Chapter 2.1 - Tom Riddle

Rounding the corner to finally go to Ollivander’s Wand Shop, Professor Dumbledore was nearly flattened by two running girls. He stumbled backwards as the girl with the auburn hair collided against him, and in his turn he knocked all my belongings out of my arms. Apologizing profusely, the girls bent down to pick up their fallen bags. I leant down also, my frozen fingertips reaching out to collect my own possessions. As I looked around to see whether I missed anything, my eyes locked with the eyes of the other girl, the one with curling black hair. Her green gaze met mine steadily and I could feel her eyes assessing me and judging me. I stared at her also, this girl whose curls were breaking free of their pins. Her emerald sweater matched her eyes and she had the clothes of a well-loved daughter from a respectable family. Her red lips parted slightly as she looked at me, and then suddenly she furrowed her brows. Her eyes wore a scared look as she peered into mine, and I hastily gathered my bags to me and stood up. In those short seconds she had seen more of me than I would ever let anyone see.

“Now I believe I should introduce you to the newest member of Hogwarts,” said Professor Dumbledore’s voice from behind me,” Minerva, Augusta, this is Tom Riddle. Tom, this is Minerva and Augusta.”

“Nice to meet you,” said the girl with the auburn hair, reaching out her hand to shake mine, “Call me Gus.”

I reached for her hand and shook it, and despite myself I felt a little bit happier. The twinkling look in Gus’ blue eyes were that contagious.

“Nice to meet you too,” said the clear voice of the raven-haired girl who must be Minerva, “I’m Minerva McGonagall, second year Gryffindor.”

“You can call her Minnie,” chimed in Gus, smiling at me, “She hates being called Minerva.”

“I love being called Minerva, thank you very much!” said Minnie, “Mind your own business next time Gus.”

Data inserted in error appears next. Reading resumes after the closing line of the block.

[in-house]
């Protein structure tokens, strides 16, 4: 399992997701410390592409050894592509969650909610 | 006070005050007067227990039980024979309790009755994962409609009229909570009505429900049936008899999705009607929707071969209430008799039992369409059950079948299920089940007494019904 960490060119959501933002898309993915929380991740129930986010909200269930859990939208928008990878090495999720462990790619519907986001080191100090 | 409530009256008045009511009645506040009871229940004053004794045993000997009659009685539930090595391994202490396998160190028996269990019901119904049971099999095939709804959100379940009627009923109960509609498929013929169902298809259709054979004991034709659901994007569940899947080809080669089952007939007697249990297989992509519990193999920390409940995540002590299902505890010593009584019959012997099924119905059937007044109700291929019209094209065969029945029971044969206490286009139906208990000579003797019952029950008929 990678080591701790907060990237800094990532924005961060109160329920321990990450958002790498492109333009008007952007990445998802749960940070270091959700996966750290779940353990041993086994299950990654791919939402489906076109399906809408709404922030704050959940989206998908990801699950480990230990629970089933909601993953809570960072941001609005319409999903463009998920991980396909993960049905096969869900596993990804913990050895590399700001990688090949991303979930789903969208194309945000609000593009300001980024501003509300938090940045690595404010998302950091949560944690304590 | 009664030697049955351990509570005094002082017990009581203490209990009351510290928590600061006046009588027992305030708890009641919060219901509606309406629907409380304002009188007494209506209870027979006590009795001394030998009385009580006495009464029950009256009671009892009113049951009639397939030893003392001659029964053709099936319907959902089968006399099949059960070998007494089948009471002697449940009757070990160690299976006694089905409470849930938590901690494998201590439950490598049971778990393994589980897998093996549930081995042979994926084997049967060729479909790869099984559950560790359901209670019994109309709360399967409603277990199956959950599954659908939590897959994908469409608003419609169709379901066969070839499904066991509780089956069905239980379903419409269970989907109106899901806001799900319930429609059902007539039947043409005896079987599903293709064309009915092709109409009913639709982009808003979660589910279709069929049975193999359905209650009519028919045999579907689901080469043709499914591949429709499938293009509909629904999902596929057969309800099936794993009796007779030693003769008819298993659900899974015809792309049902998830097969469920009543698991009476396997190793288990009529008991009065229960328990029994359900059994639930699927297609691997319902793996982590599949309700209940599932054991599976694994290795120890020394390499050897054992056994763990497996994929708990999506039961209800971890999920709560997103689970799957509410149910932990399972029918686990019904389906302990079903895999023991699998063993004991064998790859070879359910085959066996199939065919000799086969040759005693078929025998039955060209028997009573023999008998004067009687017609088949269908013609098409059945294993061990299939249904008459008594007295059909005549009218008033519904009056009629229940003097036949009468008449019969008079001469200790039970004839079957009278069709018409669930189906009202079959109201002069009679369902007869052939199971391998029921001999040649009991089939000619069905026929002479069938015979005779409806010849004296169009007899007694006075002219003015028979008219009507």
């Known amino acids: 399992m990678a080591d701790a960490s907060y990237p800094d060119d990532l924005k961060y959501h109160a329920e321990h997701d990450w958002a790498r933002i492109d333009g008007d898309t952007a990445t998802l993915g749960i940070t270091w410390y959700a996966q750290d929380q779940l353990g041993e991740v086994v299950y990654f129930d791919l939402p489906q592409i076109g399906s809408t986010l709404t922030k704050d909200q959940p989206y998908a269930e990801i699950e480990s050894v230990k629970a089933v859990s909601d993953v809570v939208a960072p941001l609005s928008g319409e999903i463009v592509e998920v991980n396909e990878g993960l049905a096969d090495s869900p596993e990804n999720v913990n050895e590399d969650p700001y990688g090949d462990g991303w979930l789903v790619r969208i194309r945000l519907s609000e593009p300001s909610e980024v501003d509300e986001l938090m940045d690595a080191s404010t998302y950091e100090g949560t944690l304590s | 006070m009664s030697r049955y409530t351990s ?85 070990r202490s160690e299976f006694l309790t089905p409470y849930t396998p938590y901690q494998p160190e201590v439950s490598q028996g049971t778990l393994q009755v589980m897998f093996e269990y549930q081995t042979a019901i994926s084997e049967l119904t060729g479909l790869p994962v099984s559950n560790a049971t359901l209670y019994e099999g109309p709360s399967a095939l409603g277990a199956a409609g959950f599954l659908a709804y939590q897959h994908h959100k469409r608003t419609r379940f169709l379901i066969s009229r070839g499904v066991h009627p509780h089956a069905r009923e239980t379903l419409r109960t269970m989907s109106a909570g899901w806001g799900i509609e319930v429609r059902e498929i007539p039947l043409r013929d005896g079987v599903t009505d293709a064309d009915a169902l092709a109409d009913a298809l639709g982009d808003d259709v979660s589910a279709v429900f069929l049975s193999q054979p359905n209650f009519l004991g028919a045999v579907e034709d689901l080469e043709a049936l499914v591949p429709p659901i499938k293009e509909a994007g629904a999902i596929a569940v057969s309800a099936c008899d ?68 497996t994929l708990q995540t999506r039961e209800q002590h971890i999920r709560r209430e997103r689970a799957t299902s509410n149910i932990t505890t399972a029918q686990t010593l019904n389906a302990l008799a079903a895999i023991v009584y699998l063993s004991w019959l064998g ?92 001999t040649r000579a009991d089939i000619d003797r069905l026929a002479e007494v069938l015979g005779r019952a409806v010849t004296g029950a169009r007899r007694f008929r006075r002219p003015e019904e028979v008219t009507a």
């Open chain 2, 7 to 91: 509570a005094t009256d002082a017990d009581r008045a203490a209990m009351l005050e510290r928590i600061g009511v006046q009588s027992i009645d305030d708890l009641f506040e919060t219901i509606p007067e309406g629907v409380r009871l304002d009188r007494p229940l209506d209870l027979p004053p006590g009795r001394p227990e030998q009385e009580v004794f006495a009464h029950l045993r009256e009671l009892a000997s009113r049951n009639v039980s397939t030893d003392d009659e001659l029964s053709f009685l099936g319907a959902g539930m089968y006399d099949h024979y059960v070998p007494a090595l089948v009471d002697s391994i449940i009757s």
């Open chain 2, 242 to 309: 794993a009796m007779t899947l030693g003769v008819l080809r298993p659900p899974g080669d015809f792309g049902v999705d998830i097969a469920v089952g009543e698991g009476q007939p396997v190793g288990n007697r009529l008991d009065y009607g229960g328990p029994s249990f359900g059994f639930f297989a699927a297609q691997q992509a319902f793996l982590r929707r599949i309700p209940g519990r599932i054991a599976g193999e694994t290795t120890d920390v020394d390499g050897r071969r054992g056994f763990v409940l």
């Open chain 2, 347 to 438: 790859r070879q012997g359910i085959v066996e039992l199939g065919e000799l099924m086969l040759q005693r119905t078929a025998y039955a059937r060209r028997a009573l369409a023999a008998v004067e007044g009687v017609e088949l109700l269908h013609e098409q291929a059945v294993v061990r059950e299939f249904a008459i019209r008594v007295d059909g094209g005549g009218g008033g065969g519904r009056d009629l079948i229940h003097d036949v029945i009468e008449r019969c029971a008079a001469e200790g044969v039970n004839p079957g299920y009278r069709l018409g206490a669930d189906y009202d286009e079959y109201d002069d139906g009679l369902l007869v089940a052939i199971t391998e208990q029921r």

“Well, we must be off to visit the junk shop,” Gus said, ignoring Minnie’s last comment, “You’re not heading that way are you?”

“No, we were just there,” answered Professor.

“We’re on our way to Ollivander’s Wand Shop actually,” I said.

“Well, good luck being found by your wand,” chirped Gus as she dragged Minnie away, “Hope to see you at Hogwarts.”

“Good bye,” said Professor and I as Gus waved us good-bye. Minnie turned around after some hesitation and inclined her head slightly in a farewell.

Resuming our walk back to the more polished side of the alley, I turned to Professor Dumbledore.

“What’s a Gryffindor?” I asked.

“A house at Hogwarts,” he said, “The school is divided into four houses: Gryffindor, Slytherine, Ravenclaw and Hufflepuff. Both Augusta and Minerva belong to Gryffindor, the house of the courageous.”

“What about the other houses?” I inquired.

“Well, Slytherine is for those who excel at magic and are very cunning,” explained the Professor, “Ravenclaw is the house for the wise and intelligent. And Hufflepuff is the house for those who aren’t already taken by the other houses.”

I nodded as I took in this information. I knew which house I wanted to be in. Gryffindor, the house for the courageous. But I wasn’t sure whether I cut the criteria.

“Look like Ollivander’s busy with a customer,” said Professor as we came to the doorstep of Ollivander’s Wand Shop, “We’ll just wait in the corner of the shop then. There’s no point standing here in the cold when there’s a perfectly good place to be.”

We pushed open the wooden-framed door of Ollivander’s and walked into the most magical shop I’ve ever seen. The interior was nothing spectacular, just endless shelves of wand boxes, some so dusty and worn with age that the inscription on the case were no longer legible. Behind the counter stood an old man, one with white hair and a wizened face. His hands were nimbly opening boxes upon boxes of wands as he passed the chosen wands to his customer to be tested. A boy stood on the other side of the counter, his blue eyes bright as he picked up wand after wand and did a little flick with his wrist. A woman stood a few feet behind him, her eyes full of maternal adoration. I didn’t know this boy at all and already I was green with envy.

“The McGonagalls are everywhere today,” said Professor Dumbledore from beside me, “First Minerva and now Diana and Achilles. I must walk over to greet Mrs McGonagall.”

As he stepped away from me to engage in conversation with Mrs McGonagall, I stared at the boy whose name was apparently Achilles. He shared the same dark hair and light complexion as Minerva, and had that shame magnetic aura that drew people to him. Minerva wasn’t all too friendly this morning, but I could feel that magnetic aura that made me want to be in her company. I watched as Achilles (their parents sure knew how to pick complicated names!) picked up yet another wand and flicked his wrist. To my surprise coloured light streamed out of the tip of his wand like firework, lighting up the shop in its rainbow tinge. All I knew then was that I wanted to do something just like that. I wanted to make magic.

The End

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